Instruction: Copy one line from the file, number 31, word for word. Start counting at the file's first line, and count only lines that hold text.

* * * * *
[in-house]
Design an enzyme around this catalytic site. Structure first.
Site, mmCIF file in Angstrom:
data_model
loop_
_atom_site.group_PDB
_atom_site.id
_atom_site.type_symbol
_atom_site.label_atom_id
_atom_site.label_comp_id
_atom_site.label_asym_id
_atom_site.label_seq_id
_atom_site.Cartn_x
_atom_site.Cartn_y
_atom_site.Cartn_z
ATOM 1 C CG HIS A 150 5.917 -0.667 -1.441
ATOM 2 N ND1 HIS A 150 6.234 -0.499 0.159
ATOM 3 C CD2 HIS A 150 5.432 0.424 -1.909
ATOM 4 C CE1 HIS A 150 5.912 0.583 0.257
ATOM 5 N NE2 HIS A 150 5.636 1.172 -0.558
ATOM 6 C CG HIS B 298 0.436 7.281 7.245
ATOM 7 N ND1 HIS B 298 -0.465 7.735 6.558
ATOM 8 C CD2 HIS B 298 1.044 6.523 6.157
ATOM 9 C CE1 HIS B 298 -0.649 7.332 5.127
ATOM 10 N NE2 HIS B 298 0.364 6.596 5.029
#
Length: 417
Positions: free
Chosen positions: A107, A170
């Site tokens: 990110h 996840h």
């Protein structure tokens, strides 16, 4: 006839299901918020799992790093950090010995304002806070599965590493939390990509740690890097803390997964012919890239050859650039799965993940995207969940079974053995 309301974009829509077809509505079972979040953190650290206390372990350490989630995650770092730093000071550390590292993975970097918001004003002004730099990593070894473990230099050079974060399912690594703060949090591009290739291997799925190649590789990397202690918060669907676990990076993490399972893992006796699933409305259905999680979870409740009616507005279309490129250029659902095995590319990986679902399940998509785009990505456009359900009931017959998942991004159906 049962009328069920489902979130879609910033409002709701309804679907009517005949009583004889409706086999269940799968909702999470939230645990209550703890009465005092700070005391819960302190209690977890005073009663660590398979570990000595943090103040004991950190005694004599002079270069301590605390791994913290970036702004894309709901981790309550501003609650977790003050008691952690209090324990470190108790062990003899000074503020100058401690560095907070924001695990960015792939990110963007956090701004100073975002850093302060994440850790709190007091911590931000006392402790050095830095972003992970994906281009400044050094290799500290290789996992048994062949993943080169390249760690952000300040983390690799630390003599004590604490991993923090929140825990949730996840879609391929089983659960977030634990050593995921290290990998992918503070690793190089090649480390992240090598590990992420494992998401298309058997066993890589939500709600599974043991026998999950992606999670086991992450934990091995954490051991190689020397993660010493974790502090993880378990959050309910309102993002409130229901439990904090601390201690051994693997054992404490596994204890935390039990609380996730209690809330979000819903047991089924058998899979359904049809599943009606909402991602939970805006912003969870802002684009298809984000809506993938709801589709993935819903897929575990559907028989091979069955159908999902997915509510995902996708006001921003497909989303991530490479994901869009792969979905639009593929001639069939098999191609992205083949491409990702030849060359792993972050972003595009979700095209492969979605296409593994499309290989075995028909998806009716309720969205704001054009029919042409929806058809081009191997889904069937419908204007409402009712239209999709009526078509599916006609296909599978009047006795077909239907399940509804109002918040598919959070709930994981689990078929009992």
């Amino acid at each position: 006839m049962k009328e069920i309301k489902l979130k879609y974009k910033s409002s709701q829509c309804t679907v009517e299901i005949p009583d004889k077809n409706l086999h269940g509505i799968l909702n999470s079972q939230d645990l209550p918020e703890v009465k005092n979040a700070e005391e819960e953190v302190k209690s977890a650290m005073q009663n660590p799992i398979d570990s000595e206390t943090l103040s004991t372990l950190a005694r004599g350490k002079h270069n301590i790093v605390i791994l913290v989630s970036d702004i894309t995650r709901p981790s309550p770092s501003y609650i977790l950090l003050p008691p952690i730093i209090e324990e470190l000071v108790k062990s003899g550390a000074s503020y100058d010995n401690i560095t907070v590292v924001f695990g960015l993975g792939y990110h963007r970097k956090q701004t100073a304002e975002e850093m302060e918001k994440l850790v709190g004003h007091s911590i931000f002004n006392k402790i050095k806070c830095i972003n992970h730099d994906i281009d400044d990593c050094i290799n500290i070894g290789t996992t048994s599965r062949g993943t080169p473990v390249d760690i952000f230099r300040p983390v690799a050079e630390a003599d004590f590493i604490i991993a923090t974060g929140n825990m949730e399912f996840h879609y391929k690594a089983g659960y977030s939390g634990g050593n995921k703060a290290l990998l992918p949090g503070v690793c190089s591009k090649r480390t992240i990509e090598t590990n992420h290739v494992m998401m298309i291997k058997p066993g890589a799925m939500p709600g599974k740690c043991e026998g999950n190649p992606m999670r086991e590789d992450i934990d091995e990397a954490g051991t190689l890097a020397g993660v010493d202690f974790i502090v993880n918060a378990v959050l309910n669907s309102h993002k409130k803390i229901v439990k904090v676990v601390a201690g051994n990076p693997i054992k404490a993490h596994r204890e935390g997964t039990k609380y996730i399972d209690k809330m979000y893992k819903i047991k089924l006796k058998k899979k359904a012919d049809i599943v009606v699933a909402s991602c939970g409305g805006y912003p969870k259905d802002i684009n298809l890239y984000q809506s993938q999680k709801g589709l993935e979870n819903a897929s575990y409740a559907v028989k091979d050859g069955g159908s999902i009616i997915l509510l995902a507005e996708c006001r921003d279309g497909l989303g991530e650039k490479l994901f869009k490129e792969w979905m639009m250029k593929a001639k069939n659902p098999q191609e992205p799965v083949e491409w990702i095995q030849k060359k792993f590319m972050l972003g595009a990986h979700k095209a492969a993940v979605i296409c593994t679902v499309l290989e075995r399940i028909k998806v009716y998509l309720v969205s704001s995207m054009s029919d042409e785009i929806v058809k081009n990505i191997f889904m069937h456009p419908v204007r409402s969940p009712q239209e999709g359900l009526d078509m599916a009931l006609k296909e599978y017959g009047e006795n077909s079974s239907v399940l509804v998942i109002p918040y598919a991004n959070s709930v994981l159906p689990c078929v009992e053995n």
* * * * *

């Protein structure tokens, strides 16, 4: 006839299901918020799992790093950090010995304002806070599965590493939390990509740690890097803390997964012919890239050859650039799965993940995207969940079974053995 309301974009829509077809509505079972979040953190650290206390372990350490989630995650770092730093000071550390590292993975970097918001004003002004730099990593070894473990230099050079974060399912690594703060949090591009290739291997799925190649590789990397202690918060669907676990990076993490399972893992006796699933409305259905999680979870409740009616507005279309490129250029659902095995590319990986679902399940998509785009990505456009359900009931017959998942991004159906 049962009328069920489902979130879609910033409002709701309804679907009517005949009583004889409706086999269940799968909702999470939230645990209550703890009465005092700070005391819960302190209690977890005073009663660590398979570990000595943090103040004991950190005694004599002079270069301590605390791994913290970036702004894309709901981790309550501003609650977790003050008691952690209090324990470190108790062990003899000074503020100058401690560095907070924001695990960015792939990110963007956090701004100073975002850093302060994440850790709190007091911590931000006392402790050095830095972003992970994906281009400044050094290799500290290789996992048994062949993943080169390249760690952000300040983390690799630390003599004590604490991993923090929140825990949730996840879609391929089983659960977030634990050593995921290290990998992918503070690793190089090649480390992240090598590990992420494992998401298309058997066993890589939500709600599974043991026998999950992606999670086991992450934990091995954490051991190689020397993660010493974790502090993880378990959050309910309102993002409130229901439990904090601390201690051994693997054992404490596994204890935390039990609380996730209690809330979000819903047991089924058998899979359904049809599943009606909402991602939970805006912003969870802002684009298809984000809506993938709801589709993935819903897929575990559907028989091979069955159908999902997915509510995902996708006001921003497909989303991530490479994901869009792969979905639009593929001639069939098999191609992205083949491409990702030849060359792993972050972003595009979700095209492969979605296409593994499309290989075995028909998806009716309720969205704001054009029919042409929806058809081009191997889904069937419908204007409402009712239209999709009526078509599916006609296909599978009047006795077909239907399940509804109002918040598919959070709930994981689990078929009992």